Device Inventory vs Plug And Play

Device Inventory vs Plug And Play

If you have to code a Yoctopuce devices inventory, you would probably want to explicitly build a list using the appropriate API functions. But this is not the most convenient method if you wish to handle devices plug/unplug events during the application life.



How to keep a device list up to date?
How to keep a device list up to date?


Indeed, the simplest method only requires the use of FirstModule and nextModule functions. The following example, written in C# would build a devices list and store it in a dictionary indexed by serial numbers.


string errmsg = "";
Dictionary<string, YModule> modules = new Dictionary<string, YModule>();

YAPI.RegisterHub("usb", ref errmsg); // API init

YModule m = YModule.FirstModule();
while (m != null)
  {  modules.Add(m.get_serialNumber(), m);
     m = m.nextModule();
  }
 



The previous example is very simple, but it can turn into a complex piece of code if you want to handle devices plug / unplug. You would have to perform new inventories on a regular basis, find out which devices are new and which ones have left, then update your device list.

Well, the Yoctopuce API provides a very interesting feature: it can call a callback function each time a device is plugged or unplugged. This callback's only parameter is the related module. So you only have to add or remove the device from the list each time one of these callbacks are called. Then you will be sure your device list is always up to date. These callbacks can be configured with the function RegisterDeviceArrivalCallback and RegisterDeviceRemovalCallback.

Callback programming model is fun and often quite effective, but there is a catch: callbacks can be called at any moment, including when the application is not ready to process them. This can lead to dead locks, usually painful to reproduce and fix. To avoid this, the arrival/removal callback are called only when the UpdateDeviceList is called. You only need to call this function from a timer or a parallel thread to have full control on the callbacks triggering.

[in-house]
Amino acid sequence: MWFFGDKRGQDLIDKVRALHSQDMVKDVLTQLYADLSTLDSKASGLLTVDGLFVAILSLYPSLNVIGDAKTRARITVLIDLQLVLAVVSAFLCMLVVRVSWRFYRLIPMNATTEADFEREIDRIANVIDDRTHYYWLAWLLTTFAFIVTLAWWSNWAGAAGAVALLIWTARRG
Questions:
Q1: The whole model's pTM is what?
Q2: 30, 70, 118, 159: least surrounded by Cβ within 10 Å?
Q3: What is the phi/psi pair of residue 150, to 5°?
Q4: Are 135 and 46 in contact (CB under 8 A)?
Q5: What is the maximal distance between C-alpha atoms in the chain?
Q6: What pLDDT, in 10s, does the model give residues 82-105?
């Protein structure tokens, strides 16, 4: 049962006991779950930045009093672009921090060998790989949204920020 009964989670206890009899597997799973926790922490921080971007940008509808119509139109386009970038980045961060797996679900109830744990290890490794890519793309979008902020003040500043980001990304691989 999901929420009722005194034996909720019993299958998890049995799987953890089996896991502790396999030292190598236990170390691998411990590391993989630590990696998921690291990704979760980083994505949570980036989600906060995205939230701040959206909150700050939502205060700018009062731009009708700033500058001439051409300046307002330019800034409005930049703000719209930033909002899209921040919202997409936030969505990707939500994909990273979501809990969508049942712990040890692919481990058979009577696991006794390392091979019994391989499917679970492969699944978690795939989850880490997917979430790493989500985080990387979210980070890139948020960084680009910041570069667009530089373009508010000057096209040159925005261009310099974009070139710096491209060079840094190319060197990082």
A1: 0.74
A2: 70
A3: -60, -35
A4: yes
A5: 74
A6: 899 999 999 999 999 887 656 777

Here is an example, written in C#, using callbacks to continually count how many devices are connected.


static Dictionary<string, YModule> modules = new Dictionary<string, YModule>();

static void deviceArrival(YModule m)
  {
     modules.Add(m.get_serialNumber(), m);
  }

static void deviceRemoval(YModule m)
  {
     modules.Remove(m.get_serialNumber());
  }
 
static void Main(string[] args)
  {
    string errmsg = "";

    YAPI.RegisterHub("usb", ref errmsg);  // API init
    YAPI.RegisterDeviceArrivalCallback(deviceArrival); // callbacks init
    YAPI.RegisterDeviceRemovalCallback(deviceRemoval);
   
    while (true)
      {
        YAPI.UpdateDeviceList(ref errmsg);
        Console.WriteLine(modules.Count.ToString()+ " connected devices");
        YAPI.Sleep(1000,ref errmsg); // wait for 1 sec
      }
  }
 



For your information, when UpdateDeviceList is called for the first time, deviceArrival callback will be invoked for each of the already connected devices. You won't have to make a classic inventory at program startup.

The program parts shown here do not perform any error handling, do not copy/paste them as is in a production application.

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